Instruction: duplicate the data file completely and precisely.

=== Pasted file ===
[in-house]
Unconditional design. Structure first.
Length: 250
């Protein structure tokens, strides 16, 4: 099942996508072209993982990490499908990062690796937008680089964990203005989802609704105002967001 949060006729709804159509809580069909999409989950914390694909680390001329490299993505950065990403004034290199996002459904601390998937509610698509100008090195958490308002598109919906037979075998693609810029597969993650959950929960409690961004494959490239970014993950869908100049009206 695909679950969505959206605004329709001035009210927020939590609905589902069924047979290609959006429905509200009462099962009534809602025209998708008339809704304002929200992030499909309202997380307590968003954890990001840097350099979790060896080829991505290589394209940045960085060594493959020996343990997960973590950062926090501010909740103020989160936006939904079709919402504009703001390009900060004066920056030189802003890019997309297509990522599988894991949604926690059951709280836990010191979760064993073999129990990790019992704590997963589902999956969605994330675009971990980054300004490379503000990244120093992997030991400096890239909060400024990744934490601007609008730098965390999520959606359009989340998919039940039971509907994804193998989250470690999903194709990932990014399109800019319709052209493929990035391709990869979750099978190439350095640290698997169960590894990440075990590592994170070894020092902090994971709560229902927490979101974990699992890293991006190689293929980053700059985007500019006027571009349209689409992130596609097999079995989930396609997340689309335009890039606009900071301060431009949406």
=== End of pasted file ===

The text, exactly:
[in-house]
Unconditional design. Structure first.
Length: 250
């Protein structure tokens, strides 16, 4: 099942996508072209993982990490499908990062690796937008680089964990203005989802609704105002967001 949060006729709804159509809580069909999409989950914390694909680390001329490299993505950065990403004034290199996002459904601390998937509610698509100008090195958490308002598109919906037979075998693609810029597969993650959950929960409690961004494959490239970014993950869908100049009206 695909679950969505959206605004329709001035009210927020939590609905589902069924047979290609959006429905509200009462099962009534809602025209998708008339809704304002929200992030499909309202997380307590968003954890990001840097350099979790060896080829991505290589394209940045960085060594493959020996343990997960973590950062926090501010909740103020989160936006939904079709919402504009703001390009900060004066920056030189802003890019997309297509990522599988894991949604926690059951709280836990010191979760064993073999129990990790019992704590997963589902999956969605994330675009971990980054300004490379503000990244120093992997030991400096890239909060400024990744934490601007609008730098965390999520959606359009989340998919039940039971509907994804193998989250470690999903194709990932990014399109800019319709052209493929990035391709990869979750099978190439350095640290698997169960590894990440075990590592994170070894020092902090994971709560229902927490979101974990699992890293991006190689293929980053700059985007500019006027571009349209689409992130596609097999079995989930396609997340689309335009890039606009900071301060431009949406």